Piercy, a PGA Tour journeyman from Las Vegas, stalked the lead all day but bogeyed two of his final three holes.

The other players said they were told by rules officials that there was a rules issue regarding Johnson’s ball at the fifth green that could result in a penalty stroke.

When Johnson rolled in a 10-foot putt to save par on the 16th, he led the tournament by two — but really, given the one-shot penalty that appeared already to have been decided by that point, just one. If ever there was a point where Johnson would come undone, this was it.

By now, his litany of late stumbles in majors is well known: The final-round 80 he shot in the 2010 U.S. Open at Pebble Beach after carrying a three-shot lead into the final round. The penalty two months later for grounding his club in a bunker on the 72nd hole of the PGA Championship, costing him a spot in the playoff. And finally, his three-putt from 12 feet at last year’s U.S. Open at Chambers Bay to lose the tournament by a shot.

Critics thought Johnson had a problem with major-title pressure, that there was some character flaw, revealed on those championship Sundays, preventing him from getting it done. He figured it simply wasn’t his time.

“I think [Sunday’s win] is well deserved after everything I’ve been though in majors,” he said. “I’ve knocked on the door a bunch of times. To get that major win, it’s huge.”

When Johnson rolled in another par save on 17, while his opponents were going backward, the lead was three — but really two. And when he hit a perfect approach to 18 and sunk a five-foot birdie putt, he gave a slight fist-pump and accepted hugs and kisses from his fiancee, Paulina Gretzky, and their son, Tatum. The crowd, undoubtedly aware of a controversy that was erupting across social media all afternoon, roared and chanted, “D.J.! D.J.! D.J.!”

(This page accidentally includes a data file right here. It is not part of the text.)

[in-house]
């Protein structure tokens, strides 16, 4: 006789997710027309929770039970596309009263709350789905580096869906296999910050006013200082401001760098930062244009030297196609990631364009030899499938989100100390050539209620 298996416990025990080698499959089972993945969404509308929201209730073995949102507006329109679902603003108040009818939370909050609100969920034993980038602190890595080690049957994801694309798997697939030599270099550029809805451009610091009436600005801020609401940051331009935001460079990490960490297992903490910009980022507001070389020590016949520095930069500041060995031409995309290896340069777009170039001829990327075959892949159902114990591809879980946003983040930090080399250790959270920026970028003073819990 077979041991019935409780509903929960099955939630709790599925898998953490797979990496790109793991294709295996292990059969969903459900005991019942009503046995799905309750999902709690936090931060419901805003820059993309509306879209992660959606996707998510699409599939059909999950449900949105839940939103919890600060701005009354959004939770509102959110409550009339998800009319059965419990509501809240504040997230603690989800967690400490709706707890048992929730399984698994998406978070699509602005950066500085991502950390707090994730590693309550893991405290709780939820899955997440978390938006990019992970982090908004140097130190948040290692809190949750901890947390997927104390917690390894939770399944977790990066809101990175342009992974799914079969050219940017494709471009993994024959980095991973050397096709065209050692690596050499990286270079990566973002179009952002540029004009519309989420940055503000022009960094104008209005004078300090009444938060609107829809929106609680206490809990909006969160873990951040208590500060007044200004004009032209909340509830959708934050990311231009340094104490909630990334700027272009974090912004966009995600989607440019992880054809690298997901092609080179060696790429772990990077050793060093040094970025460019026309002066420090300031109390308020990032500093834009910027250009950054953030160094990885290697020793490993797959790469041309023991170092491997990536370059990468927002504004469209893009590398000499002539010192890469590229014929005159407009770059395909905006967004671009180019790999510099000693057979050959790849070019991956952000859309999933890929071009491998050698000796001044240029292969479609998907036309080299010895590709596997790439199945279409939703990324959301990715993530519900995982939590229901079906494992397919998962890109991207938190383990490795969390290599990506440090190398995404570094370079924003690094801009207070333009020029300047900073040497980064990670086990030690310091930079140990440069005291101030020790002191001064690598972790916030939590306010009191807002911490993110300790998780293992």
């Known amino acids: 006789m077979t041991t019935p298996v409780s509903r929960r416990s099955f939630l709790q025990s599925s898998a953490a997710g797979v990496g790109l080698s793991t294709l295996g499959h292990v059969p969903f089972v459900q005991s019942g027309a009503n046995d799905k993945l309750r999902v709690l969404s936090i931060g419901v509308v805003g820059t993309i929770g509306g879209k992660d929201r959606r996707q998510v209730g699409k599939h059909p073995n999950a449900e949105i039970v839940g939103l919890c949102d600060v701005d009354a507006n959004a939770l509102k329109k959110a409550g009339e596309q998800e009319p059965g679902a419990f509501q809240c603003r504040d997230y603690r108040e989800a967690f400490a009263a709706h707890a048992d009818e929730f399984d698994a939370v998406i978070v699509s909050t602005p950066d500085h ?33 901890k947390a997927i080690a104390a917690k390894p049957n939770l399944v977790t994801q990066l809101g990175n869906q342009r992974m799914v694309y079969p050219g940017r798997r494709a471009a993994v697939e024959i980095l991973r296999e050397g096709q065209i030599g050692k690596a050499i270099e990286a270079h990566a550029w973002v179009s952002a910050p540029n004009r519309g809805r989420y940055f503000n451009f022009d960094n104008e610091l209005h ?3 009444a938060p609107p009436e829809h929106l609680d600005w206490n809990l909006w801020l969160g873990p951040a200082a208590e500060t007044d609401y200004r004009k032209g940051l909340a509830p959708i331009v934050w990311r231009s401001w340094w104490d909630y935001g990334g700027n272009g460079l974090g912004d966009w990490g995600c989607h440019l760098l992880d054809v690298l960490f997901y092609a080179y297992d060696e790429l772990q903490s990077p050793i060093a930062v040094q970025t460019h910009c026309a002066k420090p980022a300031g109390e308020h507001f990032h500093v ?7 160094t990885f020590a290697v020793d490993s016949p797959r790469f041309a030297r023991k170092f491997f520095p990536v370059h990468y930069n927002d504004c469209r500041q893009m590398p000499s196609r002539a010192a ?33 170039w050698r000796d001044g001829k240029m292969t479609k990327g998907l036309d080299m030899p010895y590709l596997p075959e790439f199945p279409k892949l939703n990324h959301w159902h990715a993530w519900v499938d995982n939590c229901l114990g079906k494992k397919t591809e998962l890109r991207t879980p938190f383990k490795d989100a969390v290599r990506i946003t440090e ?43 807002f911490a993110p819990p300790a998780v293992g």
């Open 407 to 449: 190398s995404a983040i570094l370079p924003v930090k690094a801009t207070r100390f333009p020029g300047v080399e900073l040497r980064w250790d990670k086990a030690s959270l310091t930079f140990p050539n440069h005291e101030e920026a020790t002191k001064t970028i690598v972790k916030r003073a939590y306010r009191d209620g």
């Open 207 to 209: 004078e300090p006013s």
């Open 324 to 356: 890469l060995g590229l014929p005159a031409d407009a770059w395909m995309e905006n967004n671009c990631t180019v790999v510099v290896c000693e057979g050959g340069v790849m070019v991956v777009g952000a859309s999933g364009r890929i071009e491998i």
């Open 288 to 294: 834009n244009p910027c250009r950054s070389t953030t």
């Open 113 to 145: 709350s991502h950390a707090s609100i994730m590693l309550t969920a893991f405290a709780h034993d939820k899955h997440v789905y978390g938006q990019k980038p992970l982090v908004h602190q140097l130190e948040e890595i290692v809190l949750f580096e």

All that was left was the sorting out of the rules debacle. As Johnson was in the scorer’s tent, the penalty stroke was applied. By that point, with victory already in hand, there was little motivation for Johnson to fight it.

“I’m glad it didn’t matter” in the end, Johnson said. “Because that would have been bad.”

But the questions over it remain, among them: Why were Johnson’s actions at the fifth green cleared by both his playing partner, Lee Westwood, and a U.S. Golf Association official on the scene, only to have that clearance reevaluated and overruled? And why was it necessary to inform Johnson of an additional inquiry, which would not be resolved until after his round, as he stood on the 12th tee — as he was nursing a two-shot lead in one of four championships held every year that define a player’s legacy?

“We put him on notice,” Jeff Hall, the USGA’s managing director of rules and competition, said on Fox’s broadcast. “Based on what we saw, it could lead to a penalty stroke. We thought [telling him] was the only thing we could do. We think it was fair that we notify Dustin and give him the opportunity to see what we saw [on replay] at the end of the round.”

Someone with common sense also might ask: How could any action initiated by Johnson’s putter — which was behind or beside the ball at all times — have caused the ball to tilt backward?

The only answer: It couldn’t. Which means the list of culprits were reduced to two: gravity or a ghost. Johnson can’t do anything about gravity, but by Sunday evening, he had finally gotten rid of the ghost.